By ARTHUR ALLAD-IW
SAGADA, Mountain Province — Army troopers based here took two Sagada tourist guides by force and used them as human shields and guides in their military operations in the forested areas at the boundary with Abra.
Nordis sources identified the tourist guides as Christopher Angway and Alen Dugao, both members of the Sagada Environment Guides Association (SEGA).
Angway and Dugao were taken separately on July 3 in Lake Danum by army troopers believed to belong to a composite team of 50th, 54th, or 77th Infantry Battalion of the Philippine Army deployed in Sagada and Besao towns.
The sources said Angway and Dugao, with two other companions, went to Lake Danum here to check on the tents and other preparations for the visit of mountain climbers from the Mountain Federation of the Philippines. The said climbers, who had a summit in Sagada, will proceed to Lake Danum on July 4 and then have their mountain climb in the Buasao forest area.
Coming from Sagada Poblacion on June 3 to check his companions in Lake Danum, Angway met army troopers near the said lake at about 3:30 P.M.
Sources claimed that when Angway was confronted by the troopers why he was in the area, he explained that they had an ongoing preparation for the visit of the mountain climbers in Buasao, a mountain that extends to Abra and Kalinga. The soldiers asked him if he is a member of the New People’s Army (NPA) and he replied in the negative.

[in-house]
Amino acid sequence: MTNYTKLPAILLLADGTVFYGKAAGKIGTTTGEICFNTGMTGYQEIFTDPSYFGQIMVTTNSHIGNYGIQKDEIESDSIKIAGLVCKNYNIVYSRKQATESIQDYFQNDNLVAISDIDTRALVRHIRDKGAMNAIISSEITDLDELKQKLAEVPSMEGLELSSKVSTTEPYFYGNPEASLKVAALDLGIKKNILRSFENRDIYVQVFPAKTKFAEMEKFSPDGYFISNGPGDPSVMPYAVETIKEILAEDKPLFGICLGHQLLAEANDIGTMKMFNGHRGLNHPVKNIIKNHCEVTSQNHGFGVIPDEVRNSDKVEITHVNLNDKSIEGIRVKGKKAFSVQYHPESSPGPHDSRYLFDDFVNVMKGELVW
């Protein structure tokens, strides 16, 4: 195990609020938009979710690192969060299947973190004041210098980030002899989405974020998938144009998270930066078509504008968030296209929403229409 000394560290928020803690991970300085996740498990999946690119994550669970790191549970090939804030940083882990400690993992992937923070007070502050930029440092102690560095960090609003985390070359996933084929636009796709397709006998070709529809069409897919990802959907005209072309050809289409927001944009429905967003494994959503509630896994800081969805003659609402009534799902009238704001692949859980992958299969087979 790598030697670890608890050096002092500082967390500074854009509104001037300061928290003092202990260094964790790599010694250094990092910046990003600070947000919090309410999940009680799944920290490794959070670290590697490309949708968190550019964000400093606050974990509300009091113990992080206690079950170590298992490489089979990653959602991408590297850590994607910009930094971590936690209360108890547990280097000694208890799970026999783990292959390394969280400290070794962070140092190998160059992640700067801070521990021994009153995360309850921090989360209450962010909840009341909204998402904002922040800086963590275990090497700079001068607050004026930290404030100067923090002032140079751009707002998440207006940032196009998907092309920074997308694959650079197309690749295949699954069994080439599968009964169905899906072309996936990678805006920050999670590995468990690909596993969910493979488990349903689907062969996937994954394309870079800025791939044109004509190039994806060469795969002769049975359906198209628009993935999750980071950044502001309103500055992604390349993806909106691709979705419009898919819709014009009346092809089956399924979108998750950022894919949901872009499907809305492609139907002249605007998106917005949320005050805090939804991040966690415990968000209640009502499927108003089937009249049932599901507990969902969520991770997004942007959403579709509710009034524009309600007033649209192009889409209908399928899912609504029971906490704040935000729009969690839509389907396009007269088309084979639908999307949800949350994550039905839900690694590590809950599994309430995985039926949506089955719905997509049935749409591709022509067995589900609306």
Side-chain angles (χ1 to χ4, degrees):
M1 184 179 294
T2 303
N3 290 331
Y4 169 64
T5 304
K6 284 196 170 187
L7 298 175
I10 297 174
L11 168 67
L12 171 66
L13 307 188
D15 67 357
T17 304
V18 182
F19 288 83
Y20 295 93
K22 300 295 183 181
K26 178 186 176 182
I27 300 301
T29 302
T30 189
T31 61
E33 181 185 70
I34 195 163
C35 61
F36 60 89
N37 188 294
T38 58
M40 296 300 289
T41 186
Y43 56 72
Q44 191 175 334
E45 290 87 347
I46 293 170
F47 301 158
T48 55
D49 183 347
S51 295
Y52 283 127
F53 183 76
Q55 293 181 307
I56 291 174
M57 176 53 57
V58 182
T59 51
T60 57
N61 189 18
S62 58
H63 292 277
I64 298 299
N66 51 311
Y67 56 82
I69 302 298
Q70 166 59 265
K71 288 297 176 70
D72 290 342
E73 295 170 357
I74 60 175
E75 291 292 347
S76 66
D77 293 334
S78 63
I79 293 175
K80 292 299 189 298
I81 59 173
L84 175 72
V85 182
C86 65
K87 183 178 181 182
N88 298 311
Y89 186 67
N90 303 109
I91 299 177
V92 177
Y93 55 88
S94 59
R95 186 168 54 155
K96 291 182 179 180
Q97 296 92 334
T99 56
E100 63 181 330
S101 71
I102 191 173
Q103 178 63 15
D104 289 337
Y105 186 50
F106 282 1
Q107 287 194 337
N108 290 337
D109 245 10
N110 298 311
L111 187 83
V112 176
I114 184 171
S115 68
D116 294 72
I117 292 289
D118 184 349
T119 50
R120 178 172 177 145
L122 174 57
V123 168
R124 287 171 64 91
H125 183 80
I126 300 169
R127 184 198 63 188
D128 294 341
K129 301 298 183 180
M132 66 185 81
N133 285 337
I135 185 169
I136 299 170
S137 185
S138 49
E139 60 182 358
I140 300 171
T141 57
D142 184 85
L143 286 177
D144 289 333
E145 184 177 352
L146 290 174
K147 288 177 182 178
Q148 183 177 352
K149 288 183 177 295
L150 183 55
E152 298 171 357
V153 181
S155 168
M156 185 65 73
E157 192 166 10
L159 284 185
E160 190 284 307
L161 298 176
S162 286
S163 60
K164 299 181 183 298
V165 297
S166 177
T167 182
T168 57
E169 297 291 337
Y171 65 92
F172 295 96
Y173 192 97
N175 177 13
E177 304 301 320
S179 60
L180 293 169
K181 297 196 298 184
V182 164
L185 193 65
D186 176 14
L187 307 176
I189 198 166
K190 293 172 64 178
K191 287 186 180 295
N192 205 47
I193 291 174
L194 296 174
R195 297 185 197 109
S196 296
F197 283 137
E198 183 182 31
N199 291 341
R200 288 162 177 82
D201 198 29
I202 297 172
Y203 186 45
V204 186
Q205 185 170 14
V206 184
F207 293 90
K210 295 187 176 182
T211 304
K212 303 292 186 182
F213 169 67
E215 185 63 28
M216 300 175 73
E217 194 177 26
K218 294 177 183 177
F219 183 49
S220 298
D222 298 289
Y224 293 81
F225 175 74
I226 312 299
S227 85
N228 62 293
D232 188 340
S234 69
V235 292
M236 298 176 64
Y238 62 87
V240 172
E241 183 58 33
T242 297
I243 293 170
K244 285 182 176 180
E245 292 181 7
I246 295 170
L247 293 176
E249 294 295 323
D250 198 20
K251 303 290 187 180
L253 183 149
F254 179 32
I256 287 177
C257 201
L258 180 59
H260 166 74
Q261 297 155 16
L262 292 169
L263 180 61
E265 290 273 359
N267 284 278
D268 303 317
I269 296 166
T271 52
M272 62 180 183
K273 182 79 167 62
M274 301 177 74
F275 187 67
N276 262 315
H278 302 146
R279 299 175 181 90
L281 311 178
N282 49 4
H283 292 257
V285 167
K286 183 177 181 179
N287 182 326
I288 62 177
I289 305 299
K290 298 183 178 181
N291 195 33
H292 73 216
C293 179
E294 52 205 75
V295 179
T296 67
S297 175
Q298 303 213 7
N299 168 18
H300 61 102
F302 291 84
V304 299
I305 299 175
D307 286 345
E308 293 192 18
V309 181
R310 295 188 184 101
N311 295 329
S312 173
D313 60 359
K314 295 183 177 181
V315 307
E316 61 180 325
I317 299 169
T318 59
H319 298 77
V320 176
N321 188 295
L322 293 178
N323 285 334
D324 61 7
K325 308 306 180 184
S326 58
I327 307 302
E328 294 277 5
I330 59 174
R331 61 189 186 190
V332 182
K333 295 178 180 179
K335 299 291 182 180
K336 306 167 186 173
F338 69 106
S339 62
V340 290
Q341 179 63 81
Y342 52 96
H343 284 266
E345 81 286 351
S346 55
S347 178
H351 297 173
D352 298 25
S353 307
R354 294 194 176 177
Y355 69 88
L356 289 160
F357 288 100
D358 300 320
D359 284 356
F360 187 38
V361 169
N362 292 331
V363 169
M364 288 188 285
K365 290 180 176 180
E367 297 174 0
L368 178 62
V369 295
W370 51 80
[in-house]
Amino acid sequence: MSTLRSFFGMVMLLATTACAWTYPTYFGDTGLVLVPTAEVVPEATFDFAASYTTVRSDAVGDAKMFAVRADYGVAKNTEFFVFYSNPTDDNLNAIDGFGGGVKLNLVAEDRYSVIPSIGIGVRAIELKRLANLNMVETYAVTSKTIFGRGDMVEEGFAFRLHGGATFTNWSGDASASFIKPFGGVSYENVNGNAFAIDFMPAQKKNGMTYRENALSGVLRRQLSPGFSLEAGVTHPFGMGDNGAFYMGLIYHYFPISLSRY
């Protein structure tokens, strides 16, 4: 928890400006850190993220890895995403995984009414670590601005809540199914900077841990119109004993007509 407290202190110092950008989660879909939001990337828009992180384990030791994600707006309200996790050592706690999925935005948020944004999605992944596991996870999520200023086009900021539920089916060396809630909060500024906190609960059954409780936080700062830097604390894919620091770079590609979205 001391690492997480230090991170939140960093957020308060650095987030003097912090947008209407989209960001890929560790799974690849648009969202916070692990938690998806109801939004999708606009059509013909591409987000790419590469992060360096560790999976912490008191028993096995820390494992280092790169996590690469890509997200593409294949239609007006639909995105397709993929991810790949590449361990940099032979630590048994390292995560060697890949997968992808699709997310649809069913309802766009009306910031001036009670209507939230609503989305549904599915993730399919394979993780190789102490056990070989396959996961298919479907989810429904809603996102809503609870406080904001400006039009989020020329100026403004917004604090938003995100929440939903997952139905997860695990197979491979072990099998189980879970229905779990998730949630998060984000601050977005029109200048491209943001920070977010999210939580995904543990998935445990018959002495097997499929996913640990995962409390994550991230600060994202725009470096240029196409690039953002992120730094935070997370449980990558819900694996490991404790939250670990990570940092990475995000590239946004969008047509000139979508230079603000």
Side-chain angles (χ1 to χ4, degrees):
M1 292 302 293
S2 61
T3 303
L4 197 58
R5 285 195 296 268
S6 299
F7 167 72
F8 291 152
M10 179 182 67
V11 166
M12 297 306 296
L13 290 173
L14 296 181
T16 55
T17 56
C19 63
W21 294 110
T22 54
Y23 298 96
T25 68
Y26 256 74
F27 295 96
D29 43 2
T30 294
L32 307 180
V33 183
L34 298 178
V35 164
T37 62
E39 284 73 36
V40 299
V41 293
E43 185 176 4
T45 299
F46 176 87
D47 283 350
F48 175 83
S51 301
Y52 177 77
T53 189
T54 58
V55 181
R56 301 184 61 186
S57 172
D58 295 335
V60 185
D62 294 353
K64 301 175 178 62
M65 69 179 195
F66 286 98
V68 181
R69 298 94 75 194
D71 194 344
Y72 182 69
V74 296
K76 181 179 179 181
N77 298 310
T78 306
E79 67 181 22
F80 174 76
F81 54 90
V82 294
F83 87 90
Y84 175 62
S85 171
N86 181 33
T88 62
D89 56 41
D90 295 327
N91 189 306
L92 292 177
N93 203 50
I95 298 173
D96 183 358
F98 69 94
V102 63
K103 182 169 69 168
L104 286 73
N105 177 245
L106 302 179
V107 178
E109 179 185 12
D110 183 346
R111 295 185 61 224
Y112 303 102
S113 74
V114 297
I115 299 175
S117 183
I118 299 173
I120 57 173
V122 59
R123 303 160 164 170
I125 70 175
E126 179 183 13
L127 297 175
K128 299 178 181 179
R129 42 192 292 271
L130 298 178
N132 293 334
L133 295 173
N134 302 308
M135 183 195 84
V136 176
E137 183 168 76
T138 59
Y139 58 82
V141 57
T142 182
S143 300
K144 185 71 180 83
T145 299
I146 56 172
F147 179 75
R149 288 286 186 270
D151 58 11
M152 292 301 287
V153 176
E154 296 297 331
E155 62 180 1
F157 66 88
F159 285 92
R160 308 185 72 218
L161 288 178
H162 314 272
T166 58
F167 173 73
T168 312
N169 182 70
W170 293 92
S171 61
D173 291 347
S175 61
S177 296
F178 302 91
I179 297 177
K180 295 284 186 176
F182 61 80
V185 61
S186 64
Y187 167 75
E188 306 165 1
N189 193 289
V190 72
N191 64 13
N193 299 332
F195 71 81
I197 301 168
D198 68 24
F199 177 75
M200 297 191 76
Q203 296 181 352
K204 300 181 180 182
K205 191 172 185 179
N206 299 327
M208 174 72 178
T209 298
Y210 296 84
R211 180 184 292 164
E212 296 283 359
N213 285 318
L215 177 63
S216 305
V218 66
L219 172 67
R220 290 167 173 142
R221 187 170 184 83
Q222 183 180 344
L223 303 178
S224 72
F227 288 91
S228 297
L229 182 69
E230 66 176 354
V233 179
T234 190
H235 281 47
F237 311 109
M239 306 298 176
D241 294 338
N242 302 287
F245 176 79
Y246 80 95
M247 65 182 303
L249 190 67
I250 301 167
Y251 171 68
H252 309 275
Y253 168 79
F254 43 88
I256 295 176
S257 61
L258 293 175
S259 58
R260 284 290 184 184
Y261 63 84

Disregarding explanations he made, Angway was taken against his will and brought to their camp in Buasao where he met Dugao. He learned that Dugao, a son of a Sangguniang Bayan member of this town, was also taken by the troops near Lake Danum.
They pleaded to be released as they are awaited for a report on their preparations, but the troops instead had the two stay overnight in their camp. Their cellphones were taken by their captors, which they returned only when the batteries were drained.
The commanding officer of the military detachment was identified as one Damunsong. The victims failed to get his first name, however.
“We pleaded for them to return our cellphones so we could inform our companions, but they just ignored us,” one of the victims narrated to Nordis.
The next day was another experience for the two guides as they were used as human shields and guides by the military for at least three hours in their operations in Buasao, even near the Beew-Baclingayan areas of Abra, a victim added.
“We feared for our lives if an encounter happened as we were in the forefront, while the troops followed us,” narrated a victim but was so happy nothing happened to them from their “horrible experience.
A resident of this town claimed Sagada is still a peace zone area where the presence of the troops could be a violation of such policy.
The mountains in the tri-boundary of Abra, Mountain Province and Kalinga had been the site of clashes between government troops and the NPA in the past months. # nordis.net